I tried hypnobirthing and this is what happened

Posted in Birth.

I vividly remember waddling into my hypnobirthing appointment. It was my first pregnancy, and despite lots of yoga and reading books, I was still afraid of giving birth.

The pain of birth scared me. But then again, pain rarely makes anyone’s list of good times! Truly, I think the unknown is perhaps the scariest thing about birth, particularly your first one.

Both the Duchess of Cambridge, Kate Middleton and Prince Harry’s wife, Meghan Markle have used the technique, with Middleton explaining on the Happy Mum, Happy Baby podcast that hypnobirthing was a huge help, even in pregnancy.

“I saw the power of it really, the meditation and the deep breathing and things like that – that they teach you in hypnobirthing – when I was really sick and actually I realised that this was something I could take control of, I suppose, during labour,” she said.

What is hypnobirthing, exactly?

If you haven’t heard of it before, hypnobirthing is a method of managing pain and anxiety during childbirth and involves various therapeutic relaxation techniques, such as deep breathing and visualisation. 

According to Nadine Richardson, a doula and founder of the SheBirths program, hypnobirthing was originally created by hypnotherapist Marie Mongan and its primary teaching is to overcome the fear of birth.

Nadine says, “Hypnobirthing works with the mind, using visualisation to develop strategies for overcoming fear.”

A method for overcoming fear

The hypnotherapist I used was also a doula and a tarot reader, who I’d visited about 12 months before I fell pregnant. I felt safe with her, which is something I would highly recommend if you decide to seek out a hypnotherapist.

She told me that she couldn’t predict how my birth would unfold (and nobody could), but that hypnobirthing would help me feel like I was emotionally prepared. And that’s what I wanted, something to ease my increasing anxiety.

Did it work? Well, yes. And, no

This is what I wrote in my journal at the time (unfortunately I wasn’t thinking of future me, so the details are a bit sketchy!):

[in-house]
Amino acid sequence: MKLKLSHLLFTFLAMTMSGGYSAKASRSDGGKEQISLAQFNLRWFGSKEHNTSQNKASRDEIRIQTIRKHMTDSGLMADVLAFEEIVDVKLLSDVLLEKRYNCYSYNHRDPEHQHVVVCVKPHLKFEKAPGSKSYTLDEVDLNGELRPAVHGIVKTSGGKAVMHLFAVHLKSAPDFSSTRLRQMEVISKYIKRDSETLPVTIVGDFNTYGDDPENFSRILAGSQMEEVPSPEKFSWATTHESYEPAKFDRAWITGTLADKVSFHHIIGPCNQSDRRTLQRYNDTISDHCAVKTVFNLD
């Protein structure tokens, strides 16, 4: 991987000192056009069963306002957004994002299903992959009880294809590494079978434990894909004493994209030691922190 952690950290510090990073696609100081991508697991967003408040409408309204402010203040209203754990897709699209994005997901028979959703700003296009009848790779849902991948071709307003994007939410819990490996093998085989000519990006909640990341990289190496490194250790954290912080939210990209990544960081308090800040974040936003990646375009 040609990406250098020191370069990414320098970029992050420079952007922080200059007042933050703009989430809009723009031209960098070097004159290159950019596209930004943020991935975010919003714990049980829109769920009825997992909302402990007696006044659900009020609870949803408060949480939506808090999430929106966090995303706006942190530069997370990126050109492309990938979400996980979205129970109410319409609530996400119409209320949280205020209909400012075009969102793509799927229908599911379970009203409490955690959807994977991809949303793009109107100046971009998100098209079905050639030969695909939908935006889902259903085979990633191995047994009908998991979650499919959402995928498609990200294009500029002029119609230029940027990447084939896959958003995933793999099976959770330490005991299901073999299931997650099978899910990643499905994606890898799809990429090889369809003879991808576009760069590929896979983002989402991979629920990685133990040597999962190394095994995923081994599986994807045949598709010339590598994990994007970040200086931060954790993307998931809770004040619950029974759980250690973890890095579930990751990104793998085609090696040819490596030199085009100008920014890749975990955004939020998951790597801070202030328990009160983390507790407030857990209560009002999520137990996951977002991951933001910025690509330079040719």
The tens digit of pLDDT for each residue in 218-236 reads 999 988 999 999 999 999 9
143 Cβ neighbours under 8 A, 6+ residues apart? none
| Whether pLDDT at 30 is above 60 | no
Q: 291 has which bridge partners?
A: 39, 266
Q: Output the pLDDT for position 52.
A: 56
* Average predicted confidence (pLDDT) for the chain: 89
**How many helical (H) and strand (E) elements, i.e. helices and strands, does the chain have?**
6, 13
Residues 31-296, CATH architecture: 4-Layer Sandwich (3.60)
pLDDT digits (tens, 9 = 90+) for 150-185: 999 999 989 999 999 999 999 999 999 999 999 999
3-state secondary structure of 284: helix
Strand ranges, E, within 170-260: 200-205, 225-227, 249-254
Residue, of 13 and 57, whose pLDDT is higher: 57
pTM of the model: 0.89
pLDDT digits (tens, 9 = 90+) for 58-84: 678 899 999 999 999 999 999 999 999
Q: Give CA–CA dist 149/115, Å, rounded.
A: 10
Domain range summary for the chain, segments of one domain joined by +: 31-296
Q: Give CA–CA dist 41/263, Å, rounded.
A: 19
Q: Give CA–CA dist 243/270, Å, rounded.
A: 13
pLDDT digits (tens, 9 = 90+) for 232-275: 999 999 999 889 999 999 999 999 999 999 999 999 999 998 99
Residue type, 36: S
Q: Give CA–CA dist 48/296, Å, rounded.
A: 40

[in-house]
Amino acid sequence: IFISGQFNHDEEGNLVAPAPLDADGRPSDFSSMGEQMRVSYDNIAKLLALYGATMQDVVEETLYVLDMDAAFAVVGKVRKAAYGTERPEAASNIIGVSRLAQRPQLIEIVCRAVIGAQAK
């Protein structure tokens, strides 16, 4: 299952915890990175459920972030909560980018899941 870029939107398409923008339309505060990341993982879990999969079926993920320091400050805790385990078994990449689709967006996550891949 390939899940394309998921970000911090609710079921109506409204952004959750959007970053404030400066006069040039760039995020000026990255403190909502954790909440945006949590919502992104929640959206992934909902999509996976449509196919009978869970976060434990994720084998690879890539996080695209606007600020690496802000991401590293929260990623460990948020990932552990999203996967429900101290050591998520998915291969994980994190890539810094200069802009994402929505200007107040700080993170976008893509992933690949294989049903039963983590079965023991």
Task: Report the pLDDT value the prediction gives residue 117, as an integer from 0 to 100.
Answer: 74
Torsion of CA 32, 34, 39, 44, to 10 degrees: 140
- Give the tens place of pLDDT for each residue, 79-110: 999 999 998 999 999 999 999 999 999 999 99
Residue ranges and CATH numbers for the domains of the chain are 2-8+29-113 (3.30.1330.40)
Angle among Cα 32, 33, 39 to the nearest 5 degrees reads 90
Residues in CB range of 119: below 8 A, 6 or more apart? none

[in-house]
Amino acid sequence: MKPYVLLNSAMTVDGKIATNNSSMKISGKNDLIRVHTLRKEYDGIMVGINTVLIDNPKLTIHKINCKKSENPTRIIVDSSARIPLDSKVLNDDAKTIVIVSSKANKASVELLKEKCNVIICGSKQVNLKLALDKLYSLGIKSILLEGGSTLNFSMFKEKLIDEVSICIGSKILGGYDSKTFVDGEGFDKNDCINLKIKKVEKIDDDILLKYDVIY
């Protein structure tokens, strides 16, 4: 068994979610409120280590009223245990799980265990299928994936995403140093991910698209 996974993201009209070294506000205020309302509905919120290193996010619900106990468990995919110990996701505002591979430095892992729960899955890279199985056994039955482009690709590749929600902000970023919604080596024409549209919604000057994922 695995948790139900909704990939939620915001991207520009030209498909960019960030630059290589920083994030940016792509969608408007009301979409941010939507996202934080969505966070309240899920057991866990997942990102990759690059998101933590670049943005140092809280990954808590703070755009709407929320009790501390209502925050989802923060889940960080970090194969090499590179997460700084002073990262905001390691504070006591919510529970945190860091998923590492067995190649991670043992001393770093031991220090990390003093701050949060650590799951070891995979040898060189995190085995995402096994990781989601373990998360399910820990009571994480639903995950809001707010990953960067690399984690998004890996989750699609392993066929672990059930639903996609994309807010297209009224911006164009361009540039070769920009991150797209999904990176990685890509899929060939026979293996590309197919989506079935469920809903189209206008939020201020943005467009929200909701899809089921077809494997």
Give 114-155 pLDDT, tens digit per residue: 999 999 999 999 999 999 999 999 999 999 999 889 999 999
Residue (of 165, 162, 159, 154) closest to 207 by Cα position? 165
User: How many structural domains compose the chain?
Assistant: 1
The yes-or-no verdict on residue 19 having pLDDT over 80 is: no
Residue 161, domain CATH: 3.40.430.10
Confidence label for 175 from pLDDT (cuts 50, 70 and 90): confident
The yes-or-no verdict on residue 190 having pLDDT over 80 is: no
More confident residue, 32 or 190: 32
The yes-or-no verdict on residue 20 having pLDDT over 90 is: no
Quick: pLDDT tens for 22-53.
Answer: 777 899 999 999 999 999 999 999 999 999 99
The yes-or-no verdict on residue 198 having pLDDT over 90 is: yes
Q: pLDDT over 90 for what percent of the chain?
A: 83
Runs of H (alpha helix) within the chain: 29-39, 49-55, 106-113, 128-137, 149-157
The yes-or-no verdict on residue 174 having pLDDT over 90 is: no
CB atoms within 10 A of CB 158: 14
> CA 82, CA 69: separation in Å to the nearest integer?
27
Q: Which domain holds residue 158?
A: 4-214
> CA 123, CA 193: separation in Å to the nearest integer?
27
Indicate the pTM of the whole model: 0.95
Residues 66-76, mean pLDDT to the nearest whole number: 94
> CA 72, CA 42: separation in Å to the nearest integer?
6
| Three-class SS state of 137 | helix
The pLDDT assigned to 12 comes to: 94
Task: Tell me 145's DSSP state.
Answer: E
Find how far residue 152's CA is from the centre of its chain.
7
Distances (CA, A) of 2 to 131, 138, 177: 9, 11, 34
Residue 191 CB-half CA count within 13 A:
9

“I sat on her couch and she got me to close my eyes. We moved through the chakras in my body and she got me to visualise on the colour red. She ‘walked’ me through the stages of birth and talked a lot about the baby. She told me that I would need to make sure that I ‘understood all my options’ and to ‘trust in the process’. I feel better in a strange kind of way. I think she would have said if things were going to turn out badly and I felt like I connected with the baby. I really felt him there. It was lovely.”

Fast forward a couple of weeks (I was ten days overdue) and Harry’s arrival was anything but straightforward. I had a three-day marathon; induction, followed by failed forceps, followed by a c-section. Despite the drama, I did always feel the connection between Harry and myself was intact.

What do the experts say?  

Women’s health GP Dr Sneha Wadhwani considers hypnobirthing more of an “attitude to labour, rather than a method of labour.”

She says, “If a patient told me they were going ahead with a hypnobirthing session, my advice would largely be determined by the patient and her circumstances in the pregnancy. That is, her previous obstetric history, her current pregnancy and any issues arising in this or from her previous pregnancy which may affect delivery this time around. I think it’s important to support informed choice, so advising a patient of the risks and benefits of any intervention. Hypnobirthing is no different in this regard.

“Attending a hypnobirthing session can be educational and informative, and should be explored alongside all the other options when it comes to delivery.”

Meditation and visualisation is just as powerful

Nadine Richardson also tried hypnobirthing but says she is cautious about recommending it as a stand-alone pregnancy tool.

“I personally don’t believe in hypnotherapy, because a person’s neocortex, the part of the brain that engages and questions what is going on, will always kick in,” says Nadine.

“I tell women all hypnosis is self-hypnosis, you are the one working and controlling the narrative in your mind. If you are lucky, the hormones of birth will take you into a trance-like state, but that is your hormones at work and they are driven by the woman. She is the one doing all the work.”

Visualisations are key to Nadine’s SheBirths program, and she says they are powerful because they encourage women to stay in their body, and you have to be present in your body to give birth.

“Meditation and visualisation are actually a much more powerful technique for pregnancy and birth preparation. And that’s because it evokes the parasympathetic nervous system, which means you fully relax the mind. And once you have better control of your mind, the birth process will unfold more smoothly,” says Nadine.

Would I recommend it?

Yes. If you feel anxious about giving birth, I think hypnobirthing is a great way to learn to calm those anxious thoughts. But you must be someone who is comfortable with the idea of the mind-body connection. For example, people who meditate or do yoga regularly, (like Meghan, who reportedly practices both daily) will be comfortable with the process and the language the hypnotherapist uses.

The only other thing I would say is to make more than one appointment – in fact, try and make them regularly. This will get you used to the hypnotherapeutic practice of going inward, and increase your chances of success.


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